75-year-old volunteer Chua Siew Ngoh woke up around five in the morning to do housework and join in the recycling sorting at her community. After a busy morning, Granny Chua rushed to Jing Si Hall to participate in the making of the red envelopes. Although she had been working for more than ten hours, the senior was all smiles during the whole process.

Granny Chua left her spectacles at home when rushing to the recycling point in the morning, so she had to lift the red envelopes close to her face and squint her eyes to ensure the coins and rice grains are properly positioned. On the next minute, she was seen straightening her hands to get a different angle of the envelope to ensure every component is in their right positions.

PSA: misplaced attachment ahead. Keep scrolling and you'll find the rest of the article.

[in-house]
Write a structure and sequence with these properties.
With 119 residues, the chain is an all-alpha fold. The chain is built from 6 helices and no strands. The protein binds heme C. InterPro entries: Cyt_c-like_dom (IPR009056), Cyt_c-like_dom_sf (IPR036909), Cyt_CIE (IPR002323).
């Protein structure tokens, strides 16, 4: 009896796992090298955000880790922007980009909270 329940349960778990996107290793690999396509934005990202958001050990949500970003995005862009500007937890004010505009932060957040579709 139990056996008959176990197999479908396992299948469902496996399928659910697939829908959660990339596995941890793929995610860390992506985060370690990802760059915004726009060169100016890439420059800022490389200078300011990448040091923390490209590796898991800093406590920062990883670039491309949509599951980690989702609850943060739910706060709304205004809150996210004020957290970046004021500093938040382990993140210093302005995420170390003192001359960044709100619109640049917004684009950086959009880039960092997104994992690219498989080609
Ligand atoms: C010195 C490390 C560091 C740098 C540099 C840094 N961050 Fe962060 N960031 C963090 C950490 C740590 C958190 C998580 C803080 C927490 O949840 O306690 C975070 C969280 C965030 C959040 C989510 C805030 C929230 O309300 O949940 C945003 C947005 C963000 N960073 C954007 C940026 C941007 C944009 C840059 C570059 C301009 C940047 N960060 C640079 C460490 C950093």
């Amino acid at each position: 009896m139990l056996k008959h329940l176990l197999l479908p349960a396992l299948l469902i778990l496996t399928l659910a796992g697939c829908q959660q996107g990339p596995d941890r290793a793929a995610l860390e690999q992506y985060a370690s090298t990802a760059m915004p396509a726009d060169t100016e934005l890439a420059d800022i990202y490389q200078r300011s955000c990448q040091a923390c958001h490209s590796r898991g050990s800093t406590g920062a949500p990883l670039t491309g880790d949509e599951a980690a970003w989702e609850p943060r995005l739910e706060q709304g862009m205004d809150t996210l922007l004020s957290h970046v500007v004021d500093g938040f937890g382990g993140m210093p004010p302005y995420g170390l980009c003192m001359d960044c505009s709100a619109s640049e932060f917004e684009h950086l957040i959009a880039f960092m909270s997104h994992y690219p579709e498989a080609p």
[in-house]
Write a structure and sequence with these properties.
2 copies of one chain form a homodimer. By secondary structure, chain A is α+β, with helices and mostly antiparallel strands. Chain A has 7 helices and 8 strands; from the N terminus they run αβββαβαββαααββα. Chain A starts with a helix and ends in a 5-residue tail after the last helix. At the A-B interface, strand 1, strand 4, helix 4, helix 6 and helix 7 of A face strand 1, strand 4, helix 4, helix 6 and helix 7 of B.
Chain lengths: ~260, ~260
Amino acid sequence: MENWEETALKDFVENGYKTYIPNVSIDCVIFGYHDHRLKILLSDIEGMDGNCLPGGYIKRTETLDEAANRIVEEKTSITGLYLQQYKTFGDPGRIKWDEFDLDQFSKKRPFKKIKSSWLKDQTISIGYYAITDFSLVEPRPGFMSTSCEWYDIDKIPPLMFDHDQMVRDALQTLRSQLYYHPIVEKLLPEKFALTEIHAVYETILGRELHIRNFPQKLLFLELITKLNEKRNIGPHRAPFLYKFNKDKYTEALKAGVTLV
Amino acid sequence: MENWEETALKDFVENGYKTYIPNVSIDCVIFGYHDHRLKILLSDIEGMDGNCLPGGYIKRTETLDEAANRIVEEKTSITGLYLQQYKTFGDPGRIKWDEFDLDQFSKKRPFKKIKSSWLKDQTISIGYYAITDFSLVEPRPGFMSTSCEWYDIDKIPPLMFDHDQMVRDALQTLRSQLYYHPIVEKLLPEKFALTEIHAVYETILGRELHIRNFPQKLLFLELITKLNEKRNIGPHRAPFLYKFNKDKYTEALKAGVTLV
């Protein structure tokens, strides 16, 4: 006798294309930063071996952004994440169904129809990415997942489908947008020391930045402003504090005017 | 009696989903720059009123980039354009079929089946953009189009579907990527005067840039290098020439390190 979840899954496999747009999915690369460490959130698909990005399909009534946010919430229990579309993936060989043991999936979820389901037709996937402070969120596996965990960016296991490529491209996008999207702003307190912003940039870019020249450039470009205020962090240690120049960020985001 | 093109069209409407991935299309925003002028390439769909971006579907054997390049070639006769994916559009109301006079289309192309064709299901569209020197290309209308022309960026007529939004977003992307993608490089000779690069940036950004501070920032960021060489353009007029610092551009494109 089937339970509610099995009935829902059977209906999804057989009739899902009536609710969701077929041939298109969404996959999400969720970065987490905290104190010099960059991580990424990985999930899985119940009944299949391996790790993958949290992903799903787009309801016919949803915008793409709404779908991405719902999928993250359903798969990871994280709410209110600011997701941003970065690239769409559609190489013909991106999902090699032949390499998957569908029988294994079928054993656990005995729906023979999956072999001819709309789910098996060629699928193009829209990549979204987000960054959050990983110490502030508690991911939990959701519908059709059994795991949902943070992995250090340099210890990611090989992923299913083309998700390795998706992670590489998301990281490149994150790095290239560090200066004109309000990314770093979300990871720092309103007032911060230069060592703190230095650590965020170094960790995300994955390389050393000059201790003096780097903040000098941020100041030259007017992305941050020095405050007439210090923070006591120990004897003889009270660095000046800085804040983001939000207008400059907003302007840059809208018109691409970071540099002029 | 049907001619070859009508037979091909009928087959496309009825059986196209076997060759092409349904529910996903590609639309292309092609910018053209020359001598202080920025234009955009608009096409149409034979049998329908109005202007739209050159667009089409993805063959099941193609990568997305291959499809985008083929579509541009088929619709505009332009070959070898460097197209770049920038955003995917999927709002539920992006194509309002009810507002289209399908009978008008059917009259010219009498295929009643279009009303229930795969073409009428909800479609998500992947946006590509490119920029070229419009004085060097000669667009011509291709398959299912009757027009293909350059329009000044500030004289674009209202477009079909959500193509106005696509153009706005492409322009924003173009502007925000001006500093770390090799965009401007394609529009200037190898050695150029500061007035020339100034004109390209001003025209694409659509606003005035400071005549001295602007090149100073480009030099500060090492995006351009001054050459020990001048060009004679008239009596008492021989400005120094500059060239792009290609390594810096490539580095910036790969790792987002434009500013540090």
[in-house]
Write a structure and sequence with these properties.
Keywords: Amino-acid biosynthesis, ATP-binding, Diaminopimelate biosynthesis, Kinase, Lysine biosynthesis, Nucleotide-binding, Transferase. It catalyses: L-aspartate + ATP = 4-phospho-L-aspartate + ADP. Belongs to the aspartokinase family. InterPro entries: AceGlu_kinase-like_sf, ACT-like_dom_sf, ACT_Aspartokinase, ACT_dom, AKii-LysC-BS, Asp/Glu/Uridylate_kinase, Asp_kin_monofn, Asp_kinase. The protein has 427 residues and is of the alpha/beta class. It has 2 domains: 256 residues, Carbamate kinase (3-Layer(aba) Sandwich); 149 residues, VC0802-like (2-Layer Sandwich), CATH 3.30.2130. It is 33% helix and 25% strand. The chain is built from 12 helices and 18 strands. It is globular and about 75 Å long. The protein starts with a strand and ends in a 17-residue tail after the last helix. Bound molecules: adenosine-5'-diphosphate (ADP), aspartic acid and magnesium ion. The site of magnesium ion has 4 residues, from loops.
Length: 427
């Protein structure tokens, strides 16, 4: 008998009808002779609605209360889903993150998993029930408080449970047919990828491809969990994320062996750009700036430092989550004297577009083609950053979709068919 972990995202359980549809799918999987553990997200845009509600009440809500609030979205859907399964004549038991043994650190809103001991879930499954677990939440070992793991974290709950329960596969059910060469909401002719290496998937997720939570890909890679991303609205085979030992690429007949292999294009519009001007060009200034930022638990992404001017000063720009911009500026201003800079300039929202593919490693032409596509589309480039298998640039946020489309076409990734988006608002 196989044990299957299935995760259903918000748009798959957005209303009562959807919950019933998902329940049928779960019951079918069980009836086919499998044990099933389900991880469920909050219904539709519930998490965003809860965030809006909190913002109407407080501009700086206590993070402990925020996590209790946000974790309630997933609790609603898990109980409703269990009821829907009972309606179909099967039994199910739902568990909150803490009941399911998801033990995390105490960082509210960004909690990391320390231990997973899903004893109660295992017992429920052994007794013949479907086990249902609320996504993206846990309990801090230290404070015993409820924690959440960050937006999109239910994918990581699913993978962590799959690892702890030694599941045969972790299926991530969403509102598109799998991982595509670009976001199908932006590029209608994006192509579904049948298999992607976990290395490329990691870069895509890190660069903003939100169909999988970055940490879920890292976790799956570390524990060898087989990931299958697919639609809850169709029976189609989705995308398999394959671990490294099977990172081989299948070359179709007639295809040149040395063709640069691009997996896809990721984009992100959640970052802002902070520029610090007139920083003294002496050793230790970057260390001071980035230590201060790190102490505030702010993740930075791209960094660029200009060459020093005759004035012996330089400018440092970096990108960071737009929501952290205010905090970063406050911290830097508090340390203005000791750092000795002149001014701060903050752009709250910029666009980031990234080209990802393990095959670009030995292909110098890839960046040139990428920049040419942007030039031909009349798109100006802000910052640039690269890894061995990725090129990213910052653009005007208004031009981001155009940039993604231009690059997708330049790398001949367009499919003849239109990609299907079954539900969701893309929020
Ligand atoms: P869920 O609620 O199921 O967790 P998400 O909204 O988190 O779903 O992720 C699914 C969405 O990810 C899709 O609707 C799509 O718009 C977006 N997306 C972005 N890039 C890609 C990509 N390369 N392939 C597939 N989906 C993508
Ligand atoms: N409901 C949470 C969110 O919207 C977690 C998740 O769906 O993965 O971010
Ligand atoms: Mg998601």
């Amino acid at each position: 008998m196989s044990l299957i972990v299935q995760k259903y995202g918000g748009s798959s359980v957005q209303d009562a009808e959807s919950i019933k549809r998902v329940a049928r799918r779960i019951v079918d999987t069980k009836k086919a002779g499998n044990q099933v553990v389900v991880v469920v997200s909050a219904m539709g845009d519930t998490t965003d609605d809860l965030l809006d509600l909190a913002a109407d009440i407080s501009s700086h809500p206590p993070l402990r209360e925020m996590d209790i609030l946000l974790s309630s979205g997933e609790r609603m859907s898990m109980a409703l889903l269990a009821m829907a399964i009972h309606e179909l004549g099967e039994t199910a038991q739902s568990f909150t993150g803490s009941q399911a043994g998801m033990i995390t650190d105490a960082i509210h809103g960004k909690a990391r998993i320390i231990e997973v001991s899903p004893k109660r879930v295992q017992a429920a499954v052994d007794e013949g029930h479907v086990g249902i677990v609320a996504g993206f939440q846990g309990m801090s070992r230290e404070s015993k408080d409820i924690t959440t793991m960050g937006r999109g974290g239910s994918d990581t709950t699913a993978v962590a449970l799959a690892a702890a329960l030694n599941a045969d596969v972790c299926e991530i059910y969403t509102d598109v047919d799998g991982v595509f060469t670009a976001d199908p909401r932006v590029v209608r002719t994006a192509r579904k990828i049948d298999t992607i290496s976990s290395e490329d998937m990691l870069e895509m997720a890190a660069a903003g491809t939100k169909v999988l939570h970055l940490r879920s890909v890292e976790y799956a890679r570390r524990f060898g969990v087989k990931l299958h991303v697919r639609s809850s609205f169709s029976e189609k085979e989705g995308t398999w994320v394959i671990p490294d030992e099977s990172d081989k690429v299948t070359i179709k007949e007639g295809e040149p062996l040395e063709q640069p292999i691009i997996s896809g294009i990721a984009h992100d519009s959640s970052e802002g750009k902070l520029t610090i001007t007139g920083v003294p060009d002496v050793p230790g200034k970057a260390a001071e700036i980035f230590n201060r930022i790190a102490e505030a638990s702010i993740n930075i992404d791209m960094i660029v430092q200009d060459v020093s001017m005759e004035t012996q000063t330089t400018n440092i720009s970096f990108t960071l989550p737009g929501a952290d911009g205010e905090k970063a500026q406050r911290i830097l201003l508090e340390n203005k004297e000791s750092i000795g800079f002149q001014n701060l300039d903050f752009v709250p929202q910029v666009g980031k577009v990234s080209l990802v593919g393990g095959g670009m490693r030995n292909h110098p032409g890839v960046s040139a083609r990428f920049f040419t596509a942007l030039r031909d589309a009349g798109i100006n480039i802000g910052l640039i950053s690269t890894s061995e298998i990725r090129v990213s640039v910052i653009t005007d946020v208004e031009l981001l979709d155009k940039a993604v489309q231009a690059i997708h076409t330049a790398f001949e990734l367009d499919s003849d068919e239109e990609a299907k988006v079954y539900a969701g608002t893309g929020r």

"I never get tired when I volunteer with Tzu Chi. In fact, I am happy, always happy," said Granny Chua.

A total of 81 volunteers and 11 members of the public produced 1073 'Fu-Hui' red envelopes within four hours that day. The remaining envelopes will be taken up by volunteers of other zones.

The participants wished that the guest who receives the red envelope in the coming Year-End Blessing could feel the blessings from Master Cheng Yen and the sincerity of all volunteers who made the envelopes.

Brother Xie believed that one needs to deal with the pressure right at the beginning to prevent it from growing like a seed in our hearts and eventually hinder us from seeking enlightenment. He also pointed out the scene of Venerable Jian Zhen's disciples giving excuses not to travel to Japan, of which he felt that people tend to think of only themselves and forget about others.

"We are Tzu Chi volunteers," said the young volunteer, "when we are doing good deeds, we must put the people who need our help in the first place, and not only ourselves."